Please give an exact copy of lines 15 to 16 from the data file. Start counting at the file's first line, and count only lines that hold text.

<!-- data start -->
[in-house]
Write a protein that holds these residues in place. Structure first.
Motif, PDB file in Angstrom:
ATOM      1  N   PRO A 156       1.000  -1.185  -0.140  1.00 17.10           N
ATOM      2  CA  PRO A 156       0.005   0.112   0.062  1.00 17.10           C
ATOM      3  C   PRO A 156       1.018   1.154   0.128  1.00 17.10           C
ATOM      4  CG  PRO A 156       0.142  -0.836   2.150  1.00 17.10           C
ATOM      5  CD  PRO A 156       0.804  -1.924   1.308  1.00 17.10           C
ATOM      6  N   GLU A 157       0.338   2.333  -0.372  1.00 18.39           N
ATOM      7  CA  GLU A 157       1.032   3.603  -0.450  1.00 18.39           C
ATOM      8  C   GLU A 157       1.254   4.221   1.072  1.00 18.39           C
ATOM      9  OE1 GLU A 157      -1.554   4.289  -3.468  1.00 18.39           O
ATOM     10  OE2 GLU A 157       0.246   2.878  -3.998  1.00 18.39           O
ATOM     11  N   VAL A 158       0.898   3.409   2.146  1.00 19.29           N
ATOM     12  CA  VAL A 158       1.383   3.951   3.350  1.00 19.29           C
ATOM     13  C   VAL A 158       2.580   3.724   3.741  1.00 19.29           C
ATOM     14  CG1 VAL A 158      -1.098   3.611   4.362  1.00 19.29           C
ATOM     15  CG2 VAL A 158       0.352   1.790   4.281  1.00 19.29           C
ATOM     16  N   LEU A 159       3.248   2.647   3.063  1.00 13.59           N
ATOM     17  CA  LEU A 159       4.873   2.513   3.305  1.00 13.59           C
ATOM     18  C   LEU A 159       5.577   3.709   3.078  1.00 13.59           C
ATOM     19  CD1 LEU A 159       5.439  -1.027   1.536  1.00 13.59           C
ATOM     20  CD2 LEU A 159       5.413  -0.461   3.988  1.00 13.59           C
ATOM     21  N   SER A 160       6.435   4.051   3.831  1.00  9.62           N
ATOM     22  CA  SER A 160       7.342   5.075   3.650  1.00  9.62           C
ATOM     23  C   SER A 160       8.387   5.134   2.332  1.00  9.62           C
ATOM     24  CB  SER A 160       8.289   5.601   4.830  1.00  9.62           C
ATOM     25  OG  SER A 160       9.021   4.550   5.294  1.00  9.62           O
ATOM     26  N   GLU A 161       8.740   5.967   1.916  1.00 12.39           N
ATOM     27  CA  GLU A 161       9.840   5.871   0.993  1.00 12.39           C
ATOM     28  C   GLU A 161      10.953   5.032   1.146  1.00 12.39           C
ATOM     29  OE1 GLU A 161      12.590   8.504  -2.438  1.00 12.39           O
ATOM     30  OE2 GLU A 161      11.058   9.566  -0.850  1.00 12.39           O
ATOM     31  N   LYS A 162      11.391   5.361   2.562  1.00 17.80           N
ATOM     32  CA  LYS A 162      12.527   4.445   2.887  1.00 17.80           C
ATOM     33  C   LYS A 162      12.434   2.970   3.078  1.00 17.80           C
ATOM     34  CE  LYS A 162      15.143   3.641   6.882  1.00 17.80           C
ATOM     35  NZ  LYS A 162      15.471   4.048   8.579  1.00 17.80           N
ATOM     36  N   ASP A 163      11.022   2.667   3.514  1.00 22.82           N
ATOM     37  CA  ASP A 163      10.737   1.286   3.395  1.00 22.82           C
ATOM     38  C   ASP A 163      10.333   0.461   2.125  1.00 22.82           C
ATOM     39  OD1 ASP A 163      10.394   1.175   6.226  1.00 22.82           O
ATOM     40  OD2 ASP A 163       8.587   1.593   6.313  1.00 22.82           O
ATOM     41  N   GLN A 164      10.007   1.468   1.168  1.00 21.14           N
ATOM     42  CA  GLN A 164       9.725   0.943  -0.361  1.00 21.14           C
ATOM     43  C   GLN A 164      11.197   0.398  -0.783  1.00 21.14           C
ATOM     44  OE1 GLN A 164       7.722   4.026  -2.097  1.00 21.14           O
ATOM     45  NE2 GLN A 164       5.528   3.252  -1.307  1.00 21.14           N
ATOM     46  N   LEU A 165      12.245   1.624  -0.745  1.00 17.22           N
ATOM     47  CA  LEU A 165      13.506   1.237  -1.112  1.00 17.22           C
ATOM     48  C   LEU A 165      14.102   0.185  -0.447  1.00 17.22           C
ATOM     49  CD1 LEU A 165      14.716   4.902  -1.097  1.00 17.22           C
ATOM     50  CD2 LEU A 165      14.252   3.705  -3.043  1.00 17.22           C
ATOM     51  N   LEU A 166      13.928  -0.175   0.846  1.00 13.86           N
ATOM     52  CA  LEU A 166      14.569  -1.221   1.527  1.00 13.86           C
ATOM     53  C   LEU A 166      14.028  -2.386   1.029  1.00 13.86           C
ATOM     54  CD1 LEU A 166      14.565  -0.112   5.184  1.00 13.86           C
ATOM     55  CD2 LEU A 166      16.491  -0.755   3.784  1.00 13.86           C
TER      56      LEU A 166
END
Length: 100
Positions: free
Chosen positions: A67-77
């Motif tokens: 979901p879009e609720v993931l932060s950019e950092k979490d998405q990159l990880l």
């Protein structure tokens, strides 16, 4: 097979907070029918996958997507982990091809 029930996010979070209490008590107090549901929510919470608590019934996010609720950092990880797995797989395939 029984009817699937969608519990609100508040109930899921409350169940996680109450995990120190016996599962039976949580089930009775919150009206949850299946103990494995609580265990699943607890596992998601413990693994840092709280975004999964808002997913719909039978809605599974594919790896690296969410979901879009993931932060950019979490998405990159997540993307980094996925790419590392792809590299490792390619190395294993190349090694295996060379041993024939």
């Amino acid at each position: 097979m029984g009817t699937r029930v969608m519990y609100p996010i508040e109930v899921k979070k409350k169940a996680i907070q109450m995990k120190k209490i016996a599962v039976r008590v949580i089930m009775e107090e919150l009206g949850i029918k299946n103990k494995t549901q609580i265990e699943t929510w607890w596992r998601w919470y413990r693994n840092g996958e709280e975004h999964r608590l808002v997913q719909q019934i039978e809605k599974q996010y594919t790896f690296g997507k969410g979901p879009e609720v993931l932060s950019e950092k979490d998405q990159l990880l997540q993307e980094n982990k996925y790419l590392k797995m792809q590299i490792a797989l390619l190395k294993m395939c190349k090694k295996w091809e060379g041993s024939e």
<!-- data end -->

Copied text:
ATOM     12  CA  VAL A 158       1.383   3.951   3.350  1.00 19.29           C
ATOM     13  C   VAL A 158       2.580   3.724   3.741  1.00 19.29           C